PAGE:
Objectives: This study was designed to assess the effects of three-month formal phase II cardiac rehabilitation and exercise training programs on high-sensitivity C-reactive protein (HSCRP) levels in patients with coronary heart disease (CHD).
Background: High-sensitivity C-reactive protein is associated with abdominal adiposity and other CHD risk factors and is a potent independent predictor of CHD events. Although weight reduction and statin therapy reduce HSCRP levels, the independent effects of cardiac rehabilitation programs on HSCRP are not well established.
Methods: We analyzed plasma levels of HSCRP in 277 patients with CHD (235 consecutive patients before and after formal phase II cardiac rehabilitation and exercise training programs and 42 "control" patients who did not attend cardiac rehabilitation). Additionally, we determined the effects of cardiac rehabilitation on HSCRP independent of statin therapy and weight loss.
Results: Rehabilitation patients improved significantly in body fat, obesity indices, exercise capacity, and other cardiac risk factors. Mean (5.9 +/- 7.7 to 3.8 +/- 5.8 mg/l; -36%; p < 0.0001) and median levels of HSCRP (-41%; p = 0.002) decreased significantly in the rehabilitation group but not in the control population. Similar significant reductions in HSCRP occurred in the rehabilitation patients regardless of whether they received statin therapy or lost weight.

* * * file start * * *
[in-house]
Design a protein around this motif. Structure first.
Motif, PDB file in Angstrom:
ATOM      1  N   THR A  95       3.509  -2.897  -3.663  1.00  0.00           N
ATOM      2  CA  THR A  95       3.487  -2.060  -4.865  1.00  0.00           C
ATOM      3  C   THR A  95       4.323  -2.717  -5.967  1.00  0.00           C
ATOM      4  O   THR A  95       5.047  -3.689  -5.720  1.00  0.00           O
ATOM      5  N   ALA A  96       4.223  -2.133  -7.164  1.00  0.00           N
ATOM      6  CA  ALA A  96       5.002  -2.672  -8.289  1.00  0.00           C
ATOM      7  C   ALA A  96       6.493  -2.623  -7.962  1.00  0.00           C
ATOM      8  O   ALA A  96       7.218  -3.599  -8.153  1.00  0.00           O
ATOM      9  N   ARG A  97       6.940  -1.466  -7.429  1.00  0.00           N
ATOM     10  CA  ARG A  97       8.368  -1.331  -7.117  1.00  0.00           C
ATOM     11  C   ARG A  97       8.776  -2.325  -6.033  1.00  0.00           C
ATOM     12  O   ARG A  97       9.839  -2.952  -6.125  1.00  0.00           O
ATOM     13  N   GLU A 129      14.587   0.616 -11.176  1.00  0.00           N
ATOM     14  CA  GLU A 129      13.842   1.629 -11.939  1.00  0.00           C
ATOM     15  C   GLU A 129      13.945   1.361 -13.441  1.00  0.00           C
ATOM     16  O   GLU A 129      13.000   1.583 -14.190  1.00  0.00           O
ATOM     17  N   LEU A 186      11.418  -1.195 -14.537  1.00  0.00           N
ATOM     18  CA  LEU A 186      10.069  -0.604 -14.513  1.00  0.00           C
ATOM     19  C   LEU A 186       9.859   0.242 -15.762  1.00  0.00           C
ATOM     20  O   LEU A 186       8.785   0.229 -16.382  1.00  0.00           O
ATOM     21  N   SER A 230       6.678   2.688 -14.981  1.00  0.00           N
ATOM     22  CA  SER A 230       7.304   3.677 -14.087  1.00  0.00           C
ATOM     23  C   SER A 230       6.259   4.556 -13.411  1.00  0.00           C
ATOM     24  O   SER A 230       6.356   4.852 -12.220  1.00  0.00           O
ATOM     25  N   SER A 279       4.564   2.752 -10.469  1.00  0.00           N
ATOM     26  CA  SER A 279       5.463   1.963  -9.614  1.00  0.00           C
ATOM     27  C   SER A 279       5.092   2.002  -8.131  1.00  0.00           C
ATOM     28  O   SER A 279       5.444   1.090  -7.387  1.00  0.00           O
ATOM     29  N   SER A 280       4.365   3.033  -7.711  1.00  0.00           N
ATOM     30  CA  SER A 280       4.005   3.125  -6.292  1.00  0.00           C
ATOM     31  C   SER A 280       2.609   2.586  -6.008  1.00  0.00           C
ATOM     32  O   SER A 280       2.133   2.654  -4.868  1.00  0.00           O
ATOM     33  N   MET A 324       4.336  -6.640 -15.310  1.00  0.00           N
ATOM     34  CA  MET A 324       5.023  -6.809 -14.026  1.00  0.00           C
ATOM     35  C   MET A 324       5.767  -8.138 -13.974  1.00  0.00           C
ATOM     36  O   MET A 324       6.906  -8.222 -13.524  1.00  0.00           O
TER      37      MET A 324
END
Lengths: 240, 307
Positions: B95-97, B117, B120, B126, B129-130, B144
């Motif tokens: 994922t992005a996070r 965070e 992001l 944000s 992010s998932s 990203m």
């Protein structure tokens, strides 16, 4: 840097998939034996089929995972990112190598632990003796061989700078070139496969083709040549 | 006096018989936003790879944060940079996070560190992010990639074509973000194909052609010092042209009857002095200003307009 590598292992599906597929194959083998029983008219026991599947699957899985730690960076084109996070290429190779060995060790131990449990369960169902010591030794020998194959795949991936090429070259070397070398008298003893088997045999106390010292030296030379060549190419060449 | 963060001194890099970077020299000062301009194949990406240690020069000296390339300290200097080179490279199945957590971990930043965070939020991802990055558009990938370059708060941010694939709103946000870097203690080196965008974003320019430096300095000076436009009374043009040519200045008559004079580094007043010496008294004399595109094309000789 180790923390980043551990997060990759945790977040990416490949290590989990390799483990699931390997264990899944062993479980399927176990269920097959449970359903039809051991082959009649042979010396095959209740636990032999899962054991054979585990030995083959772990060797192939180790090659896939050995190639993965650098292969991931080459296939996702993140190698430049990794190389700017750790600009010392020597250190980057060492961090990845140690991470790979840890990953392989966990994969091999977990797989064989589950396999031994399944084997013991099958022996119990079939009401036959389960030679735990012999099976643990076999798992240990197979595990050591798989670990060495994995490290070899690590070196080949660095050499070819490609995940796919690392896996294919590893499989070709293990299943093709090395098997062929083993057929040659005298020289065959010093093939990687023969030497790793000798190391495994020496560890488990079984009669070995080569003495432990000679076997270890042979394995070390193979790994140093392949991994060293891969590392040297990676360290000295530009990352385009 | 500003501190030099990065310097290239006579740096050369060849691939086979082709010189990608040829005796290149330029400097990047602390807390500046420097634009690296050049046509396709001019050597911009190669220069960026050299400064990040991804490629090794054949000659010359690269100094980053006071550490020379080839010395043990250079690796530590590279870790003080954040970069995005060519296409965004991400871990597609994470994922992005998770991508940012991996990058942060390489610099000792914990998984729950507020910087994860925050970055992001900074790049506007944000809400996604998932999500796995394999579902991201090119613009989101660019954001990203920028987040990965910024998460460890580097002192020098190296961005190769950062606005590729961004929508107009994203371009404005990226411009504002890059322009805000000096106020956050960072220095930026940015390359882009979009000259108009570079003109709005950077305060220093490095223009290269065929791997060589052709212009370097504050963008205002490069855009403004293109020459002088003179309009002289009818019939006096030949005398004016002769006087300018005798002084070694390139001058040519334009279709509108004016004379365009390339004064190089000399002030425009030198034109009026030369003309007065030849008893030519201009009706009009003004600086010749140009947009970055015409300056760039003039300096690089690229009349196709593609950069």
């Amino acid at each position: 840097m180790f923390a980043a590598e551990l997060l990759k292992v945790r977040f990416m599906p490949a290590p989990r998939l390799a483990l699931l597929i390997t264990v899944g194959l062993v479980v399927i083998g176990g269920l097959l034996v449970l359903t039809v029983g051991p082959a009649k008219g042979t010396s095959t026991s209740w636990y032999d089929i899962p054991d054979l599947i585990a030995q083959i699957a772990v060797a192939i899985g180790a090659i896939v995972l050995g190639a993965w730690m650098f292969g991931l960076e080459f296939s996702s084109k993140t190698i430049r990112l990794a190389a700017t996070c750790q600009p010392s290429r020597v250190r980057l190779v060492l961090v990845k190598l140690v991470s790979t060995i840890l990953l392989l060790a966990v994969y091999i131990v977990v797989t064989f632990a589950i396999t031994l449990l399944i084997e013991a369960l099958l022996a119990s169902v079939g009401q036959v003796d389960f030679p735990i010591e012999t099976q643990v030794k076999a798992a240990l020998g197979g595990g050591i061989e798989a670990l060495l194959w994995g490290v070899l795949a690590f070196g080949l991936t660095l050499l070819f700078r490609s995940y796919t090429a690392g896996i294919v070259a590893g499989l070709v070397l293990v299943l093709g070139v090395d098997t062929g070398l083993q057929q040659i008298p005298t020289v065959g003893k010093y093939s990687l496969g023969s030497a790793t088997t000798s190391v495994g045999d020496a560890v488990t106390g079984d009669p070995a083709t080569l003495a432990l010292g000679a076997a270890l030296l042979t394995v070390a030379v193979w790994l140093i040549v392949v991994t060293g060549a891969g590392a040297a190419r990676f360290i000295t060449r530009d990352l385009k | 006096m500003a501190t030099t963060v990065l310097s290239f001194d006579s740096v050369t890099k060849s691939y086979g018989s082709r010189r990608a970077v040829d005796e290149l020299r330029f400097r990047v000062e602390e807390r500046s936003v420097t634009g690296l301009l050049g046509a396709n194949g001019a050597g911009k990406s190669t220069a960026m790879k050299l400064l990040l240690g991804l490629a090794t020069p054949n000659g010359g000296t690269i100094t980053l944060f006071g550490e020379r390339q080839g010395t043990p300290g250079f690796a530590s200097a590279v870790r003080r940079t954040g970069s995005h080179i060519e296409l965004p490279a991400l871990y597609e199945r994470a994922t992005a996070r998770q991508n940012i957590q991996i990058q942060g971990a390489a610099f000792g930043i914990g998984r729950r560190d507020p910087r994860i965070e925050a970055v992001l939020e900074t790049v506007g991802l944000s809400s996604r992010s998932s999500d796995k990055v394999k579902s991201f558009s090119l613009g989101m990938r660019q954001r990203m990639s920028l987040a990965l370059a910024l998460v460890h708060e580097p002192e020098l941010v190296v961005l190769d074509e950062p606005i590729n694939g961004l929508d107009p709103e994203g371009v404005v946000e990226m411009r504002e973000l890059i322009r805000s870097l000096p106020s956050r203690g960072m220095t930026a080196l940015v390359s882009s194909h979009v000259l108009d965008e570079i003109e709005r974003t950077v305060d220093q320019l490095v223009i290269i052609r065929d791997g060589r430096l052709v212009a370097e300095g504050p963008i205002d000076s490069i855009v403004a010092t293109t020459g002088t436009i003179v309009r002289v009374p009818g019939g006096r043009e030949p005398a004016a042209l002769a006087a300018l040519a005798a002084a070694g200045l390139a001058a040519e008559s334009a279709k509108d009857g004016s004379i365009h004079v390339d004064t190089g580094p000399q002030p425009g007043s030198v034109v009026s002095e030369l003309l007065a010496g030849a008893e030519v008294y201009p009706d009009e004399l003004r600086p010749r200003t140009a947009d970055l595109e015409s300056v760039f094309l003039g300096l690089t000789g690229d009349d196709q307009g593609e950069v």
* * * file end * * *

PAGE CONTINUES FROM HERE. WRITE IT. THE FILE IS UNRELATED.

Conclusions: Therapeutic lifestyle changes effected through a three-month cardiac rehabilitation program significantly improved numerous cardiac risk factors. Through this holistic approach to secondary prevention, we observed significant reductions in HSCRP levels. These findings identify another clinical modality of reducing HSCRP beyond use of statin drugs and suggest an additional benefit of formal phase II cardiac rehabilitation and exercise training programs.